Biographical Encyclopedia of Astronomers

2014 Edition
| Editors: Thomas Hockey, Virginia Trimble, Thomas R. Williams, Katherine Bracher, Richard A. Jarrell, Jordan D. MarchéII, JoAnn Palmeri, Daniel W. E. Green

Aston, Francis William

Reference work entry

BornBirmingham, England, 1 September 1877

DiedCambridge, England, 20 November 1945

English physicist William Aston is best known for the invention of the mass spectrograph to measure accurate masses of the atoms of individual isotopes of many elements. He is known within astronomy particularly for the demonstration that one helium atom is about 0.1 % less massive than four hydrogen atoms, thus making clear the potential of hydrogen fusion as a stellar energy source.

Aston was rare among scientists in that he chose to work both inside and outside academic circles, and through this choice he achieved great success. He began his early education at Harborne Vicarage School and Malvern College, and then entered Mason College, Birmingham, as a student of physics and chemistry in 1894. During his time at Mason College, Aston had the opportunity to study with the eminent physicist  John Poynting and other notable scientists of the day.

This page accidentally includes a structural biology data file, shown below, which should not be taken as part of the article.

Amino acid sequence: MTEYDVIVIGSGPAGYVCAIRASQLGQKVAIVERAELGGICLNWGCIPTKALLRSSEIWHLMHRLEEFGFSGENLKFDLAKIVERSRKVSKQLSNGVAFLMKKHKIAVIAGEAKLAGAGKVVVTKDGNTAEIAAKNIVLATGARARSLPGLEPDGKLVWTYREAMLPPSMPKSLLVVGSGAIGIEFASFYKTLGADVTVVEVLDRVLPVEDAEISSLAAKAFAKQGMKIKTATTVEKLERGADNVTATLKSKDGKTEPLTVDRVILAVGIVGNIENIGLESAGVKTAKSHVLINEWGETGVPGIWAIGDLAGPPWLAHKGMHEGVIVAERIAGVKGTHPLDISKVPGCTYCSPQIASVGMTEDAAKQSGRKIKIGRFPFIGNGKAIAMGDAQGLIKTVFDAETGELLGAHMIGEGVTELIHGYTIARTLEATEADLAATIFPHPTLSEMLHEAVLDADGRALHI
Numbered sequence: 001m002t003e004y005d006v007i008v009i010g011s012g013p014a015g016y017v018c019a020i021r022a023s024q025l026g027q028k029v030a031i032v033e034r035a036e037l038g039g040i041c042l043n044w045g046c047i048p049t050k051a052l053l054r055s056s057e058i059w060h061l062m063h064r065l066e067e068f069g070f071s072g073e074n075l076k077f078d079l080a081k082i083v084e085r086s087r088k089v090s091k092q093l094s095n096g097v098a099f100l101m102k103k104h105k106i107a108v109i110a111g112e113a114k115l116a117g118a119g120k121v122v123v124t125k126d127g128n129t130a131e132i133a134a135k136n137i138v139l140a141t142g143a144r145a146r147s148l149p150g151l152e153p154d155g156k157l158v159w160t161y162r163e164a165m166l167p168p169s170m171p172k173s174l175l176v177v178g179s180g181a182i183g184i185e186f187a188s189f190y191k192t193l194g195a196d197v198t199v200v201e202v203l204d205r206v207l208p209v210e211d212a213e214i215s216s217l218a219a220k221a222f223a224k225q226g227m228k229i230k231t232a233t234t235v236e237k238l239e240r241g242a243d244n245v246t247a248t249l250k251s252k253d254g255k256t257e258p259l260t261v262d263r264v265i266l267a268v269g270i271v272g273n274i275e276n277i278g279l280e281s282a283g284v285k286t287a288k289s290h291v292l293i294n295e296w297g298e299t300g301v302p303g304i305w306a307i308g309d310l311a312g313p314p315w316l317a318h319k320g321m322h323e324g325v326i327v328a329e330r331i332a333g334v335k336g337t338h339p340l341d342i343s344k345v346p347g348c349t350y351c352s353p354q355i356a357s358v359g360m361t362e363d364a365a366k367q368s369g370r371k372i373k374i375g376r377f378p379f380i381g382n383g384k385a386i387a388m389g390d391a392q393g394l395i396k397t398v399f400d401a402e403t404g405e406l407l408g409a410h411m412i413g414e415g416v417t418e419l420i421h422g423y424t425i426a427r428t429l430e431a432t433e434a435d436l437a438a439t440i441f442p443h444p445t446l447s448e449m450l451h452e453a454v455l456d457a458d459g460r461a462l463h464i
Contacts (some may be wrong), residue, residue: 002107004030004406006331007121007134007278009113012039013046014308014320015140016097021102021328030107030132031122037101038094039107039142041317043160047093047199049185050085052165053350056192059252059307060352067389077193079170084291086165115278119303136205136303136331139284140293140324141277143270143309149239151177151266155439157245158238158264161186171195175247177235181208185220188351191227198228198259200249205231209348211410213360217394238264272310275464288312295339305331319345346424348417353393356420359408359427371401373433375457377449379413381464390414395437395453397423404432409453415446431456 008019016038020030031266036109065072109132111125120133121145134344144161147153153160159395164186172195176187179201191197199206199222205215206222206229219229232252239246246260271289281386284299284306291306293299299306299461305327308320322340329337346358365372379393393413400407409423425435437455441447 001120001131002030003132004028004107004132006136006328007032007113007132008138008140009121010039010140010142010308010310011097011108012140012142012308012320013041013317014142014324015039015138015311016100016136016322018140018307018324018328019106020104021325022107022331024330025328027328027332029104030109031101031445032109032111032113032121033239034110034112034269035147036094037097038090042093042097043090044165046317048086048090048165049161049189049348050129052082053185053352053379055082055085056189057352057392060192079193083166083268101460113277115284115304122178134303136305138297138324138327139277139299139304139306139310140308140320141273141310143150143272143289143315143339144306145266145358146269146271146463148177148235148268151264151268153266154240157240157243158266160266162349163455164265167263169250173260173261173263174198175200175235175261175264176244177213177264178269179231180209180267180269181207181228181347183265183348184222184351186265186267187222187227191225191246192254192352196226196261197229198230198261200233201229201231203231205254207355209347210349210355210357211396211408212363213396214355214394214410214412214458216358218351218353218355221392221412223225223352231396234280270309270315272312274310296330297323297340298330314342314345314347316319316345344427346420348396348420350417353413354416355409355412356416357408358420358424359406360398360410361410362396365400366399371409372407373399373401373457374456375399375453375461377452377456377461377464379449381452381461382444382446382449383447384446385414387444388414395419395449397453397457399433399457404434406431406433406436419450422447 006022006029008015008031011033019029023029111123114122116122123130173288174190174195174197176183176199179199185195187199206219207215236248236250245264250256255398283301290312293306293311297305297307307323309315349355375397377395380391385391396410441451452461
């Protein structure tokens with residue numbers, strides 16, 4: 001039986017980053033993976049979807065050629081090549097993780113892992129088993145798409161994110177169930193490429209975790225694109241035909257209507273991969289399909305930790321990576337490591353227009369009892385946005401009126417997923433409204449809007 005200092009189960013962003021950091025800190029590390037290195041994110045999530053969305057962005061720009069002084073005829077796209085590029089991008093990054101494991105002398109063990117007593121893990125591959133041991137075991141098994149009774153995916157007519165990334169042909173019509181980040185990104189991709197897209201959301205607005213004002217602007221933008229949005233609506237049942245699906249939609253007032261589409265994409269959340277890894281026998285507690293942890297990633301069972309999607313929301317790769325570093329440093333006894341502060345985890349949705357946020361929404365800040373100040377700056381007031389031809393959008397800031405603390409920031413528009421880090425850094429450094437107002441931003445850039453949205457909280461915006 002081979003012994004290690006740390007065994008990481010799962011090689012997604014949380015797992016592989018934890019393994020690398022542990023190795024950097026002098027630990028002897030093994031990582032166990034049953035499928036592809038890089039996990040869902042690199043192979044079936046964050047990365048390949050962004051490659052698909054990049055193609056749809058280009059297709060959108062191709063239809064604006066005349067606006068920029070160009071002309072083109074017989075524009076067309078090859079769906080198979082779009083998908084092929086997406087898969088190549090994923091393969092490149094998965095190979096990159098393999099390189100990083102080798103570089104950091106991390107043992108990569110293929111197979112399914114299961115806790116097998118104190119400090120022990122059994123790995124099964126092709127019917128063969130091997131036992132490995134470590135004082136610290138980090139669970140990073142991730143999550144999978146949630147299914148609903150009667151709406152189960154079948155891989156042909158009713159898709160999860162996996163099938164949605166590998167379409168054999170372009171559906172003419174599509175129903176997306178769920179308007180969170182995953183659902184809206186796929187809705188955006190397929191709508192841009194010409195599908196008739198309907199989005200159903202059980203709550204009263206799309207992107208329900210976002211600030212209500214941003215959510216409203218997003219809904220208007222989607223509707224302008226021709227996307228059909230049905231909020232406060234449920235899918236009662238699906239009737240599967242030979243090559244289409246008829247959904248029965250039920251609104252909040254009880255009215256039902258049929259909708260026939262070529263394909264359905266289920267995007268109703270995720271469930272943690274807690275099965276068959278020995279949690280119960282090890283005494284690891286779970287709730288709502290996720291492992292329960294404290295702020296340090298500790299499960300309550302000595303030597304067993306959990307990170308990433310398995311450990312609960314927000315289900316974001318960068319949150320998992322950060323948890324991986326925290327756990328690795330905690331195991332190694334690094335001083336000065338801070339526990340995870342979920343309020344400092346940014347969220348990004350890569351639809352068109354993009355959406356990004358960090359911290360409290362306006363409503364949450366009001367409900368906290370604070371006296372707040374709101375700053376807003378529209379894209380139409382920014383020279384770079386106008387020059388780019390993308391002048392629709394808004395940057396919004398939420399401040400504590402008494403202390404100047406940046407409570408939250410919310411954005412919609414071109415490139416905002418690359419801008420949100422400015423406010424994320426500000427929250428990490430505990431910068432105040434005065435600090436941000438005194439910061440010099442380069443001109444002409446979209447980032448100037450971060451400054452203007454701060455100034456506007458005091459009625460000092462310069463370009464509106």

In an interesting career choice, Aston took a position in...

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Selected References

  1. Aston, F. W. (1919). “The Constitution of the Elements.” Nature 104: 393.ADSCrossRefGoogle Scholar
  2. — (1922). Isotopes. London: Edward Arnold and Co.Google Scholar
  3. Nobel Foundation (1964). Nobel Lectures: Chemistry, 19221941. Amsterdam: Published for the Nobel Foundation (1964) by Elsevier Publishing Co.Google Scholar

Copyright information

© Springer Science+Business Media New York 2014

Authors and Affiliations

  1. 1.New Mexico TechSocorroUSA